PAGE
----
I’m convinced that big chunks of root vegetables are the perfect complement for rich, hearty winter stews—they absorb all their juices like savory sponges while adding to the complexity of the sauce. Even if nontraditional, they can make a stealthy starring role in such venerable cold-weather, long-cooked staples as cassoulet—with or without the addition of meat. Or wine-braised short ribs.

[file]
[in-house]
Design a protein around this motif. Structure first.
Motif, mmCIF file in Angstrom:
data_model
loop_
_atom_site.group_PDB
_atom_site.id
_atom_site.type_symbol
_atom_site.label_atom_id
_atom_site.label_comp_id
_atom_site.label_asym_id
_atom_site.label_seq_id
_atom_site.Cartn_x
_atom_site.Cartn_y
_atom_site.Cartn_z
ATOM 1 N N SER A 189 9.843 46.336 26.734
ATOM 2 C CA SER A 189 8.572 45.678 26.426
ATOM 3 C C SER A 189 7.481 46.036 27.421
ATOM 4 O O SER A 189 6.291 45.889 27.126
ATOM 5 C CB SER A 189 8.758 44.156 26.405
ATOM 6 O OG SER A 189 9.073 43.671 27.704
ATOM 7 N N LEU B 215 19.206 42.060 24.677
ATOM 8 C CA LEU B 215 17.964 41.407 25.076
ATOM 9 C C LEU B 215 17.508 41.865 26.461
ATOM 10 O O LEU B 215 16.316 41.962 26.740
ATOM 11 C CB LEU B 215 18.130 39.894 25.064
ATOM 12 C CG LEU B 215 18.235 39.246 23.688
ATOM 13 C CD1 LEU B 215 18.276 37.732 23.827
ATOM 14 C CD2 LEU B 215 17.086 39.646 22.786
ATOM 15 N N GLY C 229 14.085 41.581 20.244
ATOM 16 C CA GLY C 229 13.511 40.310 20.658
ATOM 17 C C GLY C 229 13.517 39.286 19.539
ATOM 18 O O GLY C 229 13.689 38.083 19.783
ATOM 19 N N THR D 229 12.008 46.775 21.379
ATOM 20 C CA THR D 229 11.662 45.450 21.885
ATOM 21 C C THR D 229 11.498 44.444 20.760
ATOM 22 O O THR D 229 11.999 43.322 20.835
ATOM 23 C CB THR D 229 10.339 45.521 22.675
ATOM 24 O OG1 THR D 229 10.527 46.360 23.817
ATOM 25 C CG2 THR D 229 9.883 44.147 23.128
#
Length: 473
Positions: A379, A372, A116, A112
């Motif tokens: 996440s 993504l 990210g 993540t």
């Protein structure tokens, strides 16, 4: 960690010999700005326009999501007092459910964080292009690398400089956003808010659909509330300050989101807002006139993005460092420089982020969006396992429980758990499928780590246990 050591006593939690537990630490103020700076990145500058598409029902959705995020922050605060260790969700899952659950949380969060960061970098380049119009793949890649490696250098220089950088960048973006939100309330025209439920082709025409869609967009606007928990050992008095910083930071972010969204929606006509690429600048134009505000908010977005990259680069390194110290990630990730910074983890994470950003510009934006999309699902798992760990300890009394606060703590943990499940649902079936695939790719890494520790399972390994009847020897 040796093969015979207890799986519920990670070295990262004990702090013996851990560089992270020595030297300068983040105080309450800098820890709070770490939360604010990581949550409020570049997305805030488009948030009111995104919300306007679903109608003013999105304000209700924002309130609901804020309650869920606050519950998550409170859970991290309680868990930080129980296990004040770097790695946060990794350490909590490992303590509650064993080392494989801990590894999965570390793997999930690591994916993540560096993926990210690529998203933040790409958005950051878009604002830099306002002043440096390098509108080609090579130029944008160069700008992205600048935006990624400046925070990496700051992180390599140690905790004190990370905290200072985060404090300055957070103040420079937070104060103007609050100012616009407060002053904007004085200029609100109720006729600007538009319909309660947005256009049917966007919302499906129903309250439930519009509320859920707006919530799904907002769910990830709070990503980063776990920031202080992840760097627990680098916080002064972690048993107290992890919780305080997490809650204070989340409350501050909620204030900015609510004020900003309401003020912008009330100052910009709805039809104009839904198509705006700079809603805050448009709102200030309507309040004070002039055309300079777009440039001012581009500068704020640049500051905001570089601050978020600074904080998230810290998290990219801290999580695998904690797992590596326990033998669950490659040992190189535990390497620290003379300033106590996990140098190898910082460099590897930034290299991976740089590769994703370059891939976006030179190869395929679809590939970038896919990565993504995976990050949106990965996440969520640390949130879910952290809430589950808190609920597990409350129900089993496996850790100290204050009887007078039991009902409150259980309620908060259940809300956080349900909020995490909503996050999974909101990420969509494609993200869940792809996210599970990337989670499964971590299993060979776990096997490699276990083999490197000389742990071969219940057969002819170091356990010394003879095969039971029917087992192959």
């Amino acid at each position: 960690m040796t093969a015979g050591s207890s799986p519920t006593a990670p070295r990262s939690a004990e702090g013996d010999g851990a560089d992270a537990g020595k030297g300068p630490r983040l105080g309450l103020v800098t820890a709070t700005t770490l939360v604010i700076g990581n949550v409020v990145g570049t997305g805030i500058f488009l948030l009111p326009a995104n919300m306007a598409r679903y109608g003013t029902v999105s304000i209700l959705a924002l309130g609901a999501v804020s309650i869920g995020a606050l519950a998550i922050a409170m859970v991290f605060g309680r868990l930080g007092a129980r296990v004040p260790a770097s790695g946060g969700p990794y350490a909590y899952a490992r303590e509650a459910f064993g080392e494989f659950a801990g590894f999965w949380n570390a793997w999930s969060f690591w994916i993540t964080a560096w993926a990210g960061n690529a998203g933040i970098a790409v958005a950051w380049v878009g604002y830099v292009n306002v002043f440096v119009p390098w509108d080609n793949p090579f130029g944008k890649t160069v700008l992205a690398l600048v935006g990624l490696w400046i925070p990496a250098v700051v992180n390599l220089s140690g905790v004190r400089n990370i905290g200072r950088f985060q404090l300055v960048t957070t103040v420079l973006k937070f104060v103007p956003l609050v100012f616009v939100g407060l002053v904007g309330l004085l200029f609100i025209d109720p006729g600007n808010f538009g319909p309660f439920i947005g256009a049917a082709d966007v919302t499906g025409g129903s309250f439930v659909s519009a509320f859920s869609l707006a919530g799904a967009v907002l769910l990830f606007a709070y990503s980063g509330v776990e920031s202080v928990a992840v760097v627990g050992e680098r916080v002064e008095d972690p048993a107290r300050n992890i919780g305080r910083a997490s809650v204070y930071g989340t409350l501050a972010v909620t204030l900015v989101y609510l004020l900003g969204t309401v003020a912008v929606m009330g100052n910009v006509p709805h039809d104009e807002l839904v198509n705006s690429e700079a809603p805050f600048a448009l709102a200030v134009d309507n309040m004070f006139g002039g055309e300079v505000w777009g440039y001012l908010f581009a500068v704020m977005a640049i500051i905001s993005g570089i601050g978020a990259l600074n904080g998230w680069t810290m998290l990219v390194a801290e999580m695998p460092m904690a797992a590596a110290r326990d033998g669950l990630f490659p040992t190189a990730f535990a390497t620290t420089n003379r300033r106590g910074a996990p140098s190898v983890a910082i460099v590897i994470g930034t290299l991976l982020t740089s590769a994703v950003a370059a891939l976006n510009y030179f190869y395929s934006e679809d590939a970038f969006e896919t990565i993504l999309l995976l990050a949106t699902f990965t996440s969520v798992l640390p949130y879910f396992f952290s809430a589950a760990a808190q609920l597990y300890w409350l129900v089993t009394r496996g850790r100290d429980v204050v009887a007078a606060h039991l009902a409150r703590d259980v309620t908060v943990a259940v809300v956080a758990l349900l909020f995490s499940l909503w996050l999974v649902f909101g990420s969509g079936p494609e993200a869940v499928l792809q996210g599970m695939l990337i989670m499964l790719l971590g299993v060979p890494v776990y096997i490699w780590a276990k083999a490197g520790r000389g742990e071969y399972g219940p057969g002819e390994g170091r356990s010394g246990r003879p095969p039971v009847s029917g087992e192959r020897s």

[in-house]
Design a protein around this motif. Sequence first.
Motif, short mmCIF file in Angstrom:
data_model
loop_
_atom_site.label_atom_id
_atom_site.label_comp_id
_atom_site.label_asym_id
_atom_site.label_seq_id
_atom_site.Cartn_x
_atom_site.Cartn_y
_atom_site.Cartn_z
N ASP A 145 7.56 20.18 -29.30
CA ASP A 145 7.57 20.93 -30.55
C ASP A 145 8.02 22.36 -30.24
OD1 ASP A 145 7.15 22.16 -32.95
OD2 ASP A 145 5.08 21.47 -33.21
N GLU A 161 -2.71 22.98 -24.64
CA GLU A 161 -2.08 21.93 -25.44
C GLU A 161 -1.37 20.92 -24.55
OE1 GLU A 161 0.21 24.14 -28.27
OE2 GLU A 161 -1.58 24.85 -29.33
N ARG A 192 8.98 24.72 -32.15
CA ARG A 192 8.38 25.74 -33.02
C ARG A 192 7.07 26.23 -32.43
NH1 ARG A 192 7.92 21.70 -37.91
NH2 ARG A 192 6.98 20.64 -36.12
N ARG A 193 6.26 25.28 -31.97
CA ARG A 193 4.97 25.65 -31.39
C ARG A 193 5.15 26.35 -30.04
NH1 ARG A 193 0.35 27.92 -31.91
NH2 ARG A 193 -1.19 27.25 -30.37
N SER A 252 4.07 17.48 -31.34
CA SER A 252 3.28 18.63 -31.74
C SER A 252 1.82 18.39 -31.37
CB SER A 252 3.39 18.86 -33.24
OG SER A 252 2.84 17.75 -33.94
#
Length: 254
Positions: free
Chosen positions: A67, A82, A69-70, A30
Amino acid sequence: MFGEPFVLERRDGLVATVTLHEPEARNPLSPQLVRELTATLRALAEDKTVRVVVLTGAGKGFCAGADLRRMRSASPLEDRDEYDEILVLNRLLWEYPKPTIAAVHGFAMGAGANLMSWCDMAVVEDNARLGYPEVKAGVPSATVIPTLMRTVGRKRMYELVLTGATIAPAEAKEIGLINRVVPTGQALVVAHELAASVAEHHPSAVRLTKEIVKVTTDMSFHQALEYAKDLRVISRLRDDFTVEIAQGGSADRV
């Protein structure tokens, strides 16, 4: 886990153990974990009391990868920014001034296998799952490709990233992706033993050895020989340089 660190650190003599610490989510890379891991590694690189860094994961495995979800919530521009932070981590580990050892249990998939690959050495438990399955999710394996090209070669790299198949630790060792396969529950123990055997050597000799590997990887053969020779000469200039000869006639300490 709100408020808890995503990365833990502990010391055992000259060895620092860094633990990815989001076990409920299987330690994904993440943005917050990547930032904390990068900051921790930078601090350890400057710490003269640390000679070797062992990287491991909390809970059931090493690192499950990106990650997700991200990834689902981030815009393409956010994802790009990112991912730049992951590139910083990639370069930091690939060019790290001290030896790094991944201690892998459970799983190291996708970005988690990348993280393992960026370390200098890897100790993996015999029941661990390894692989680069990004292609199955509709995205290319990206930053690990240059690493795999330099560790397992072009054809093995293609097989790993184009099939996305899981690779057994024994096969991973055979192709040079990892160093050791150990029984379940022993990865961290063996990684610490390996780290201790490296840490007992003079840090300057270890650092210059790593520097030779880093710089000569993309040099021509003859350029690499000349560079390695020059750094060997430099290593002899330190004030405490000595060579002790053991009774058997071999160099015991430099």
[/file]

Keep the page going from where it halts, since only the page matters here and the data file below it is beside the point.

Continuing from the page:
Rutabagas might not look like much — a discolored turnip, a rounded daikon — but they have a fierce flavor that certainly sets them apart from the rest of the root vegetable pack. Pungently bitter when raw, their tight-walled, yellow flesh dissolves after long simmering, releasing earthy aromas and a subtly sweet taste. It pairs perfectly with cream, butter and leeks, I think, and your kitchen will never have smelled better from the combination.